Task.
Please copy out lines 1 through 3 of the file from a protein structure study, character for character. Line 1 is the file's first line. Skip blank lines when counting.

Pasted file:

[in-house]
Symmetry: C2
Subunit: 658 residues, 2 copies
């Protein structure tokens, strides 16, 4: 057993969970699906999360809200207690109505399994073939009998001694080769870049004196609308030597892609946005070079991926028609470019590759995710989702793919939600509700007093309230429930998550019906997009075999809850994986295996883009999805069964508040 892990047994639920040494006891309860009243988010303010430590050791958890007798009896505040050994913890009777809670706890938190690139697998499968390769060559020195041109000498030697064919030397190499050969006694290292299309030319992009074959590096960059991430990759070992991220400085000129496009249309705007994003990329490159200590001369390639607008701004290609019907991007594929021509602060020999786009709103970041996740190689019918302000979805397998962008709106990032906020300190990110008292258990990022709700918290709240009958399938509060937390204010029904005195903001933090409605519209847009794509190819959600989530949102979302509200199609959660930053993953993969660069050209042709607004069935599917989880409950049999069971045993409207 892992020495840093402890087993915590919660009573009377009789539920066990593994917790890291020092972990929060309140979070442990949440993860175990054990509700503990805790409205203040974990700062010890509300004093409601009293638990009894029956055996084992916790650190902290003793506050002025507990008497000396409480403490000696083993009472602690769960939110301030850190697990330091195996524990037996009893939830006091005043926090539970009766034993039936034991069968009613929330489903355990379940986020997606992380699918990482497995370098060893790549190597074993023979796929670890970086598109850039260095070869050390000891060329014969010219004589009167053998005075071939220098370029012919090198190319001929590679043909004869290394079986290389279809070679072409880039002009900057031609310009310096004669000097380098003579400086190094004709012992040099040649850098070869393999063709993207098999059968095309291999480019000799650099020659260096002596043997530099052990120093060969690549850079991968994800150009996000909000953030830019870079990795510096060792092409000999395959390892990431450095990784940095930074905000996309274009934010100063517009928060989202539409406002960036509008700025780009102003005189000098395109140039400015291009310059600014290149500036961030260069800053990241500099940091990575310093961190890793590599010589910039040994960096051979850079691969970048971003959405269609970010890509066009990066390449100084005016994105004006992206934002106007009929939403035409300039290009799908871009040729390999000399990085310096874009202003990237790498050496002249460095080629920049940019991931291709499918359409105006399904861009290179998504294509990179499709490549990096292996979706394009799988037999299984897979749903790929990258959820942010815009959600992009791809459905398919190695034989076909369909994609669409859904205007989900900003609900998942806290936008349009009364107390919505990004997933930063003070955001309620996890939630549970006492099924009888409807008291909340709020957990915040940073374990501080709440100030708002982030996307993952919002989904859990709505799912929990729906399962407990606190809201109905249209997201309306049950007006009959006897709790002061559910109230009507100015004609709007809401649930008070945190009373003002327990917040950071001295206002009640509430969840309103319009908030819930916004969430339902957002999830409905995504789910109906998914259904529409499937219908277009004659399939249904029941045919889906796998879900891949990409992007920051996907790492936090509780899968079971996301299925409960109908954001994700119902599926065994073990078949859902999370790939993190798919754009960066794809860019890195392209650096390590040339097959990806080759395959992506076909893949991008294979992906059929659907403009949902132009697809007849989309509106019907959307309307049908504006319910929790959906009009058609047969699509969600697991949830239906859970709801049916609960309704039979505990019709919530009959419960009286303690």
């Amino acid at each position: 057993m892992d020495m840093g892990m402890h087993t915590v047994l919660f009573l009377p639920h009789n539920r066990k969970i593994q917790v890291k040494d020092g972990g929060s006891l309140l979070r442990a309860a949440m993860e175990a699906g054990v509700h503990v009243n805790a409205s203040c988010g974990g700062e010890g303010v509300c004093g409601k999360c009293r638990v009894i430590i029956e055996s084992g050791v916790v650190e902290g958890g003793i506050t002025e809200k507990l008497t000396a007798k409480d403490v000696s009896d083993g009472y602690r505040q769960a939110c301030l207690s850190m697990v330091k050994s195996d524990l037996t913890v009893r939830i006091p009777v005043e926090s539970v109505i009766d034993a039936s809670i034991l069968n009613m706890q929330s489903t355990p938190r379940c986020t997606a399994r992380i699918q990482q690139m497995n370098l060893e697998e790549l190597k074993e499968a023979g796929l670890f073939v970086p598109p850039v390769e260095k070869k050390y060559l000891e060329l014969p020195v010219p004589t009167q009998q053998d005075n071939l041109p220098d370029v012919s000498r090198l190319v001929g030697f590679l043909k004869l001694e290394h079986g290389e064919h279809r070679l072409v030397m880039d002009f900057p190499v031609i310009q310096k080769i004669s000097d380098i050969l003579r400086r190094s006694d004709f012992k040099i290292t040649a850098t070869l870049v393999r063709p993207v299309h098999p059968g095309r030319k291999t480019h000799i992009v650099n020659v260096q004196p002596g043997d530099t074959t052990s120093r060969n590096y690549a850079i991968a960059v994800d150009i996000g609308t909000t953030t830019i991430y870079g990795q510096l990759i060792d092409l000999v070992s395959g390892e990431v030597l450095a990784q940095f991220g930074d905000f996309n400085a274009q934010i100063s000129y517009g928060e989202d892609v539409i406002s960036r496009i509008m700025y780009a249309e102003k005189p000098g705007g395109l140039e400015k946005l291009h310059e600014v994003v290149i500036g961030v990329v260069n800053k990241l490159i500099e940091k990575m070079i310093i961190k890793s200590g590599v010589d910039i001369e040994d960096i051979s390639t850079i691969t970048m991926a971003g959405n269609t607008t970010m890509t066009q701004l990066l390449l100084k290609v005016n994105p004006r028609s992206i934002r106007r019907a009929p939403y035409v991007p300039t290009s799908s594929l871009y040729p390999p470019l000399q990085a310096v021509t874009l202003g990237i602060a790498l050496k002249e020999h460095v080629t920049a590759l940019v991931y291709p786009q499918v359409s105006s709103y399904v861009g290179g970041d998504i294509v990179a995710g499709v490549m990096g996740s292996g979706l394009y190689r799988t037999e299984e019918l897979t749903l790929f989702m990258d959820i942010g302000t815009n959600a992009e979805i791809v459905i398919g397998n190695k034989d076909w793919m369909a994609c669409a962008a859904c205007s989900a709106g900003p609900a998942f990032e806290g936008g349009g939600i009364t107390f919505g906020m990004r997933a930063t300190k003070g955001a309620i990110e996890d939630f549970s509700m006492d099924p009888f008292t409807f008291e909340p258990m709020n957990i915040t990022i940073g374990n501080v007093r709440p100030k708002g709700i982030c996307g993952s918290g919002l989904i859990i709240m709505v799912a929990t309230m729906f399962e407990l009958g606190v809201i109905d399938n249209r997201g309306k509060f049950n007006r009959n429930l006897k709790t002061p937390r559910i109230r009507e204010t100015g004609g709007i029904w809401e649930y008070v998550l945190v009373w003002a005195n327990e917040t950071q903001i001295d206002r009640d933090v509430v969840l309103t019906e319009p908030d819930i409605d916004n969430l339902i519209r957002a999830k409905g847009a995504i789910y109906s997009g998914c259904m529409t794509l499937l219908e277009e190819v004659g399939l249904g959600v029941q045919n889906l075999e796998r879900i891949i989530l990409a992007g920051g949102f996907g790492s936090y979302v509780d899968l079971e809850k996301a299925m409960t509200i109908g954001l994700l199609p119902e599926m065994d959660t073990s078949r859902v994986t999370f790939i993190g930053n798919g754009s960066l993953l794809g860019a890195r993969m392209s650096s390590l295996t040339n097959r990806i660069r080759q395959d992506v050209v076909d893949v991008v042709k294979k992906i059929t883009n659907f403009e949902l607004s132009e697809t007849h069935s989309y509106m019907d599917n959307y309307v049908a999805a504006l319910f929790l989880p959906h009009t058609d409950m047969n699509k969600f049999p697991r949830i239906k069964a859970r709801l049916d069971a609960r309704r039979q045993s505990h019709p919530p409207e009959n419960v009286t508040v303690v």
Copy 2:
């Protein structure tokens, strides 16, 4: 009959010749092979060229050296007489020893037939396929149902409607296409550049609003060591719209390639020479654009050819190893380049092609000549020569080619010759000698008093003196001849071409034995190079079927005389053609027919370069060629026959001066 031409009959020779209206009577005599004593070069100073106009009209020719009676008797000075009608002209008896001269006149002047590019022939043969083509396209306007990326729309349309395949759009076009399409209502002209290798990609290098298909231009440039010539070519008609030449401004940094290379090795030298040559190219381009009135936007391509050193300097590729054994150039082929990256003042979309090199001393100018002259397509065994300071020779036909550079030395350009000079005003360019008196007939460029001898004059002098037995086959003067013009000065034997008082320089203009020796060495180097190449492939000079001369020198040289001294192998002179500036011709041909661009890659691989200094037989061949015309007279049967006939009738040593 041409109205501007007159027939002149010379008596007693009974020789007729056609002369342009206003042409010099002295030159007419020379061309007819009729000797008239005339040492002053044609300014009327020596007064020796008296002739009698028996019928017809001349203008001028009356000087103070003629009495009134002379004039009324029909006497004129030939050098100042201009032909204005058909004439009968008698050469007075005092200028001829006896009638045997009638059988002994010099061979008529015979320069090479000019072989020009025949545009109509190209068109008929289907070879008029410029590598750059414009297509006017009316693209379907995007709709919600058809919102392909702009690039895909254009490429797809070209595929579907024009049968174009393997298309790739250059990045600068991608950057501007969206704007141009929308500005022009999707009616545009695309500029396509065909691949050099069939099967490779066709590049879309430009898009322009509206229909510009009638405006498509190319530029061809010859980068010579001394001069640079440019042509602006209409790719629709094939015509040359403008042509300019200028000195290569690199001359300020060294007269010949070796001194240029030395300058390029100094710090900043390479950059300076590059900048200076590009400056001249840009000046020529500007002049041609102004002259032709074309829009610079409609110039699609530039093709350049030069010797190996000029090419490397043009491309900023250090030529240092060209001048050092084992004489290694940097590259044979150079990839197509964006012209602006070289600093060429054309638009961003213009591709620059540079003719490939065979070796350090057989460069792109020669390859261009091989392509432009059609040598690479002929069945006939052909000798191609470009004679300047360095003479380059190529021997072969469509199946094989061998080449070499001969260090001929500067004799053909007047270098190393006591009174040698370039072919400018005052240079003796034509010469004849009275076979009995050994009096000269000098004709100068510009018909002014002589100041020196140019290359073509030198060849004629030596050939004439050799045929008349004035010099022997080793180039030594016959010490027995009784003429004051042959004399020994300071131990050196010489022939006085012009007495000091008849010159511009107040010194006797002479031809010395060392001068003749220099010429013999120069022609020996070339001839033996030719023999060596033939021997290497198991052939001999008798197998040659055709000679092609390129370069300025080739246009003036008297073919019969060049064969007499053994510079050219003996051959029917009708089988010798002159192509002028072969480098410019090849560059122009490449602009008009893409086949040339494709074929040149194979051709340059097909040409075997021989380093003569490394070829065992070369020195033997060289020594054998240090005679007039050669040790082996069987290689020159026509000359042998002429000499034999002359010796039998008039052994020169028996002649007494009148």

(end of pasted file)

[in-house]
Symmetry: C2
Subunit: 658 residues, 2 copies